Will the DOE Public Access Plan constitute “major shift in the scholarly publishing landscape” as Crotty writes?

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Update: From DOE/Office of Scientific and Technical Information

The Department of Energy’s Office of Science has issued a “Statement on Digital Data Management“<http://science.energy.gov/funding-opportunities/digital-data-management/>.  The new requirements regarding management of digital research data will appear in funding solicitations and invitations issued by the Office of Science beginning Oct. 1, 2014.   Other Energy Department research offices will implement data management plan requirements within the next year.

 

Open Access Survey from T&F

Monday, July 21st, 2014 by Kimberly Hoffman
Posted in Applied Sciences, Research Data Services

Post expires at 10:23am on Tuesday October 21st, 2014

Altmetrics for librarians and researchers

Wednesday, July 2nd, 2014 by Kimberly Hoffman
Posted in Applied Sciences, Research Data Services

Altmetrics – as an alternative measure of impact for scholarly research – are in the news.  The Higher Education Funding Council for England (HEFCE) and the San Fransisco Declaration on Research Assessment (DORA) are researching and recommending metrics other than traditional journal impact factors for measuring scholarly impact.

Ernesto Priego writes in On Metrics and Research Assessment that article level metrics will be more important for “international public access and impact.”

The success of automated methods to obtain quantitative indicators of the reach, reception and use of scholarly outputs depends on our ability as scholarly communities to realise and develop the potential of the Web for scholarly communications.

The Association for Computing Machinery (ACM) just wrapped up their ACM Web Science Conference Workshop in June 2014. Papers and presentations are available at the conference web site –  altmetrics14: expanding impacts and metrics.

Librarians involved with scholarly communications and consulting with researchers can learn from 4 things every librarian should do with altmentrics. [Impact Story is a nonprofit, open-source webapp that helps scientists discover and share the full impact of their research - everything from citations to their articles to tweets about their software to downloads of their datasets. ]

The Association for Information Science and Technology (ASIS&T) published their April/May 2013 bulletin on Altmetrics: What, Why and Where.

Lastly, Indiana Libraries provides us with 17 More essential Altmetrics Resources (the Library version.)

Now you know!

 

 

 

Data envisioned: Dr. Hans Rosling new presentation

Wednesday, June 4th, 2014 by Kimberly Hoffman
Posted in Applied Sciences, Research Data Services

Dr. Hans Rosling‘s 2006 TED talk  showed population distributions and related global data in a new visualizations. He is back with a new presentation from Nordiskemediedager entitled Facts and Fiction on Global Health NMD 2014.

Related article: It is not about political views or ideologies, it is blunt facts which are not known by Nerobonkers May 29, 2014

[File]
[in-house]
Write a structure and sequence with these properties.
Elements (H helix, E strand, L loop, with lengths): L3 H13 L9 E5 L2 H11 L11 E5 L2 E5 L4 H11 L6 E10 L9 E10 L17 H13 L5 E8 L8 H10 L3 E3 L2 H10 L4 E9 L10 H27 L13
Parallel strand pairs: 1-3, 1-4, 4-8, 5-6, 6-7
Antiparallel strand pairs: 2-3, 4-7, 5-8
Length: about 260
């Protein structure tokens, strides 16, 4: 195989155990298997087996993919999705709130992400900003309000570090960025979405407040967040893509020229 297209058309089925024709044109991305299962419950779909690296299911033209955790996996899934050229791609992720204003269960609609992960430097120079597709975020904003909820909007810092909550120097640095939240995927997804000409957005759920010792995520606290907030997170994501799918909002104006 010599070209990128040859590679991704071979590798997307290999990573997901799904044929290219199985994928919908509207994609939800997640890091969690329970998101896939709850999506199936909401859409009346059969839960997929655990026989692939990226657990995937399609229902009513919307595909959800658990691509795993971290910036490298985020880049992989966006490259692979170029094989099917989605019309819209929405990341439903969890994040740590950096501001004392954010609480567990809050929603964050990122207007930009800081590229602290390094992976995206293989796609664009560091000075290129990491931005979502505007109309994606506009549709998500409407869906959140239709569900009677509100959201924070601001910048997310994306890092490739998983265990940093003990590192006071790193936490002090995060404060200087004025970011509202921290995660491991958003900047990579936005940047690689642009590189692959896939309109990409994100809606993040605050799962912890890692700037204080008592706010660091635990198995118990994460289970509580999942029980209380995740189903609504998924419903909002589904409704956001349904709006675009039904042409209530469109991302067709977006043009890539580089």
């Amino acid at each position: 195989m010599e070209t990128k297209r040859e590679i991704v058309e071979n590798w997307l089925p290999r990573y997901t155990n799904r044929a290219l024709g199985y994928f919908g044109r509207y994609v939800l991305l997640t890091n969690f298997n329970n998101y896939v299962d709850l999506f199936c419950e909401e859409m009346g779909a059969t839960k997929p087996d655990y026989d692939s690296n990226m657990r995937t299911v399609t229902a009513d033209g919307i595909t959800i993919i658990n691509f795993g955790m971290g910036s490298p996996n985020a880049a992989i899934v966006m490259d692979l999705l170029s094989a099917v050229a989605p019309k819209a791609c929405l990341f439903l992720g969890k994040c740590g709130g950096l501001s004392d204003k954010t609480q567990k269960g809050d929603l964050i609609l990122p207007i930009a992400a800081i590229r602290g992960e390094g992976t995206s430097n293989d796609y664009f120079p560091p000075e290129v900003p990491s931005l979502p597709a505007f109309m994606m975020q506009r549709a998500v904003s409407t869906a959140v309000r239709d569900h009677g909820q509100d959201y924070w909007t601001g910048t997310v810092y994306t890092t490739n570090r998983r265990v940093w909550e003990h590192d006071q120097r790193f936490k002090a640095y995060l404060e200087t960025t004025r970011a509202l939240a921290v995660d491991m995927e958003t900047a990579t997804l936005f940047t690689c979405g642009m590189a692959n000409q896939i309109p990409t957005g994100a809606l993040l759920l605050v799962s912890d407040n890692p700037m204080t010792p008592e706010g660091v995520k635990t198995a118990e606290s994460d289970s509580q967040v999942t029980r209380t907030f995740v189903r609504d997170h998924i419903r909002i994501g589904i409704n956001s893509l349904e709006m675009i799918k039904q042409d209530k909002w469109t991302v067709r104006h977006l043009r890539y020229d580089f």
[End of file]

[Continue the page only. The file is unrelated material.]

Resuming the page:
Two articles on reproducibility of data

Wednesday, March 26th, 2014 by Kimberly Hoffman
Posted in Research Data Services

Public access to data will lead to reproducible results – or will they?

A January 2014 article “Policy: NIH plans to enhance reproducibility” speaks to the self-correcting nature of biomedical data. The Scholary Kitchen, a blog site on scholarly communication, posits in “Reproducible Research: A Cautionary Tale” that some data lends itself to reuse and verification; while cell data and procedures are not quite as easy to reproduce.

Collins, F. S., & Tabak, L. A. (2014). Policy: NIH plans to enhance reproducibility. Nature, 505(7485), 612-613. doi:10.1038/505612a

Posted by David Crotty. (2014). Reproducible research: A cautionary tale | the scholarly kitchen.

 

Chronicle of Higher Education Available to Entire CUA Community

Thursday, March 13th, 2014 by Joan Stahl
Posted in Access Services, Applied Sciences, Catholic History, Collection Management, Humanities, Life Sciences, Music, Rare Books, Reference & Instruction, Religious Studies, Research Data Services, Semitics/ICOR, Tech Tools and Tips, University Archives

Chronicle.com is your gateway to on campus and remote access to the reputable publication, The Chronicle of Higher Education, as well as several e-newsletters, job listings, a blog, and forums for discussions.  This is the essential resource for those who want to keep up with the latest news, trends, facts and figures in higher education.

To set up a personal account that allows you to select newsletters and features that will automatically be received on your desktop, ipad, smartphone, or tablet,  if you are on or off campus, go to Chronicle.com and click on login. Then click on “Create a free Account. Enter and confirm your university e-mail address, then follow the steps on the account setup pages.  Note: The locks will still appear on premium content but you will have access.

Post expires at 8:37am on Thursday May 15th, 2014